Camden house prices fall for second year in a row as Brexit continues to cause concern
PUBLISHED: 17:15 15 February 2019 | UPDATED: 13:09 20 February 2019
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House prices in Camden fell by 3.5 per cent last year, as a downward trend continued for the borough’s home owners and estate agents.
The drop reflects a changeable picture for the area, with prices initially rising in the first half of the year, before declining every month between July and December.
The average property price in the area was £859,771 in January last year, but at in December they had fallen to £829,021.
The picture across north London was equally dismal. The City of Westminster had a particular shock. The average house price was £985,082, 10.1pc less than last year.
Haringey saw a 2.4pc drop, and Barnet had a marginal decrease.
The mood reflects the latest report by the Royal Institute of Chartered Surveyor (RICS), who said that growth was slowest in London and the South East over the last month.
The figures represent the second year of house prices falling in the borough.
The data was released by the Land Registry earlier this week. According to analysis by the Gatehouse Bank, prices across the UK rose by 2.6pc.
Concerns about the uncertainty of Brexit are still causing hesitancy according to RICS, as well as making some properties unaffordable.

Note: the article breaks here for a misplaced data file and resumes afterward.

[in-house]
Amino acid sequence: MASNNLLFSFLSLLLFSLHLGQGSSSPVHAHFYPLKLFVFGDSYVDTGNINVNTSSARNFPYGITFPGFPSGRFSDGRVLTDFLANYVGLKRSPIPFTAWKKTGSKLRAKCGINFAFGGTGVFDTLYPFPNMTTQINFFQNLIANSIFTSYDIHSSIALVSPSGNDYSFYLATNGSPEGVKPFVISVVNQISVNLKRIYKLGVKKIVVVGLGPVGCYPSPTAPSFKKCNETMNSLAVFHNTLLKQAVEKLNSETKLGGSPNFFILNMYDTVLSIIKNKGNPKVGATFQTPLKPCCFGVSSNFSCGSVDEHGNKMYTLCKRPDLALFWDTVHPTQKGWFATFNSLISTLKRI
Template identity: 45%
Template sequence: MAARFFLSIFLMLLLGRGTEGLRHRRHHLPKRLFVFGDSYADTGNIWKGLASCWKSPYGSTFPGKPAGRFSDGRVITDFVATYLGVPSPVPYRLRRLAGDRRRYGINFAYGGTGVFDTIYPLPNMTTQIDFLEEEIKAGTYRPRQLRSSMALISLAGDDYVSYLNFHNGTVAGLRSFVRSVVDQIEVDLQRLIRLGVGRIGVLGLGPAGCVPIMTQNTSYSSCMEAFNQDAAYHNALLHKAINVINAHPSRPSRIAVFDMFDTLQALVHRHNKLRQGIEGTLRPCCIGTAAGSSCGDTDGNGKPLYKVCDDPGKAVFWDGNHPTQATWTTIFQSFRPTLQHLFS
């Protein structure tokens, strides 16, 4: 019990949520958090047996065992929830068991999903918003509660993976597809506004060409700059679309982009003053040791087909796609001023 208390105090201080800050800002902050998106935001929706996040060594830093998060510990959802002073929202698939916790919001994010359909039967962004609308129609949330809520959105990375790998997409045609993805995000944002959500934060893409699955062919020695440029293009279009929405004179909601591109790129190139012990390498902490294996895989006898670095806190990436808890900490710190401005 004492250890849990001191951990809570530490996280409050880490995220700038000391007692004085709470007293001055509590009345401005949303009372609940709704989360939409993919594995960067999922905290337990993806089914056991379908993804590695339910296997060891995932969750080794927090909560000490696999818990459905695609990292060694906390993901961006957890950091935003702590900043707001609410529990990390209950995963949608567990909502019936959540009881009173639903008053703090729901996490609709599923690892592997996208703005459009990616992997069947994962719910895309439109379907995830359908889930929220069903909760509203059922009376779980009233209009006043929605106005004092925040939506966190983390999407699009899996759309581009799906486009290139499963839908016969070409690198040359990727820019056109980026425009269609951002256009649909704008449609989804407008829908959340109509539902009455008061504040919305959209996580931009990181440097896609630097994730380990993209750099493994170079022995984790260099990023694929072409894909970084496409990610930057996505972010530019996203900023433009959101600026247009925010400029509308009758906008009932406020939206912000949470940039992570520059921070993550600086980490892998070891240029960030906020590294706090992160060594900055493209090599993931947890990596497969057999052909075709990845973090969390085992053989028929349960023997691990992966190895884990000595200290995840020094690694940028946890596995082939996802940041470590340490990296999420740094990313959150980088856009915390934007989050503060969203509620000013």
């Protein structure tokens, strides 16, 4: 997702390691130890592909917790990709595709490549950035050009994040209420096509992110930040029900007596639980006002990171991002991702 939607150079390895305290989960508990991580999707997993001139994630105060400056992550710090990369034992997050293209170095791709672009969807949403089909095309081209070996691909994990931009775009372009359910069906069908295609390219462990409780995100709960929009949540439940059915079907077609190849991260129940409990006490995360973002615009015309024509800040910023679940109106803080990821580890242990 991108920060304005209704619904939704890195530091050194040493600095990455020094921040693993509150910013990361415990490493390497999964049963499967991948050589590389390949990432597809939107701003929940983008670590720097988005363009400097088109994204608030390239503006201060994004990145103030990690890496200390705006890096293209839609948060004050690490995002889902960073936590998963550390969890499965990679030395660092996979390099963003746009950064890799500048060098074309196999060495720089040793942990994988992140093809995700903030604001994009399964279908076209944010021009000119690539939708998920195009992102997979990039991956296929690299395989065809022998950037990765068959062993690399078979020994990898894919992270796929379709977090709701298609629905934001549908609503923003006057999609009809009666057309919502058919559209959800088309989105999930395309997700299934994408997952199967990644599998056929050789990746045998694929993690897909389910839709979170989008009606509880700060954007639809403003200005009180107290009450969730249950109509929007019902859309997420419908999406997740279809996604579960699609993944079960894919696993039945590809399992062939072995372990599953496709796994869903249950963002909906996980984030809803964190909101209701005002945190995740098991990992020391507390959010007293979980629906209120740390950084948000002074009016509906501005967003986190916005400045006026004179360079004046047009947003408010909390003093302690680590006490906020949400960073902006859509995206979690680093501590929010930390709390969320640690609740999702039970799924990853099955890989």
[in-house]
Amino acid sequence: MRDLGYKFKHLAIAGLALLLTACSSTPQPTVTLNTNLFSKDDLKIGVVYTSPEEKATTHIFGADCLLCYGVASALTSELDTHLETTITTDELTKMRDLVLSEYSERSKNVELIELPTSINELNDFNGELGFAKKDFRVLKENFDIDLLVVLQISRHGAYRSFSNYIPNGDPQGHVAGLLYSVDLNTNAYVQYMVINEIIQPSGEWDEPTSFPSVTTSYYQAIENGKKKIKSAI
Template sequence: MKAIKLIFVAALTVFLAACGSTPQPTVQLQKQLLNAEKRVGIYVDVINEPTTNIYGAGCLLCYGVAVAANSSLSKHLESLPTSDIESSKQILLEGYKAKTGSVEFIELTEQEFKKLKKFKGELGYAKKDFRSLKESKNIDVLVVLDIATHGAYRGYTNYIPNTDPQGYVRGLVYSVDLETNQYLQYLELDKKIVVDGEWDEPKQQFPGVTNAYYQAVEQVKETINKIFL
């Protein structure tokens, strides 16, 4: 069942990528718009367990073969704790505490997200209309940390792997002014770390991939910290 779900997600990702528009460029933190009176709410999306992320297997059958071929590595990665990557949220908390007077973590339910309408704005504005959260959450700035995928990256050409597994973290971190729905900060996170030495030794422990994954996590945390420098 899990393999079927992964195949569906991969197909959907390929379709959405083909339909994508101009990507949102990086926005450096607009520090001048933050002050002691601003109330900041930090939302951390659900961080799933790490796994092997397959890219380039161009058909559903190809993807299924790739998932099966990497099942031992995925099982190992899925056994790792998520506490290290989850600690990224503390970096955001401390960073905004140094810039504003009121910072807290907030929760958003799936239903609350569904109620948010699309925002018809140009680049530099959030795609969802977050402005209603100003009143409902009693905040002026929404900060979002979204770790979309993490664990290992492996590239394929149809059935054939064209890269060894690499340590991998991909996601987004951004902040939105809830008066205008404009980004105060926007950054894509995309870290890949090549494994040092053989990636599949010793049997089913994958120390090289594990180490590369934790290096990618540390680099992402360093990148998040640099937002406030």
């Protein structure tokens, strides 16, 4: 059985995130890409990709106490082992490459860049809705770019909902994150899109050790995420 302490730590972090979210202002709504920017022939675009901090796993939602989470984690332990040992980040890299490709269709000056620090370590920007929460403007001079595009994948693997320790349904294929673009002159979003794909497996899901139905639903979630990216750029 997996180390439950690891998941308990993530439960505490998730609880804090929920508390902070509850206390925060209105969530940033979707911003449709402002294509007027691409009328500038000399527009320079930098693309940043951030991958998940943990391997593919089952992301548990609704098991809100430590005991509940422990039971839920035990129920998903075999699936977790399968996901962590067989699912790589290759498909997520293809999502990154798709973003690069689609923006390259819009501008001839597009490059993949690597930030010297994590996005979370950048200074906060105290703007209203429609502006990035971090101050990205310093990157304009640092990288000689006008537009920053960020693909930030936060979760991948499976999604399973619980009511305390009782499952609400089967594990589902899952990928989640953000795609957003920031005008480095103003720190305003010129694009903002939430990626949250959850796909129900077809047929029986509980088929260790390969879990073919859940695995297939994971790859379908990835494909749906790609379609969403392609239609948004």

Chris Cooper, a director at Dexters in Hampstead said he recognised the picture painted by the figures.
“We’ve had a drop, certainly,” he said. “The problem is that within the borough there is such variation, and the statistics don’t reflect this.
“In pockets, we have seen a drop. Buyers are often looking for a particular location, so we’ve recently sold a house on the edge of Hampstead Heath, and the price there was probably what we would have got in 2014. However elsewhere like Finchley Road, if people are motivated to sell they are dropping the price,” he said.
The director at the estate agents in Heath Street agreed Brexit was driving uncertainty.
Mr Cooper said: “I think it’s a major thing on people’s minds. Some of our buyers who work in the city don’t know if they’ll be based here or abroad, and that’s on top of stamp duty changes. Investors are also wary about getting involved at the moment as well.”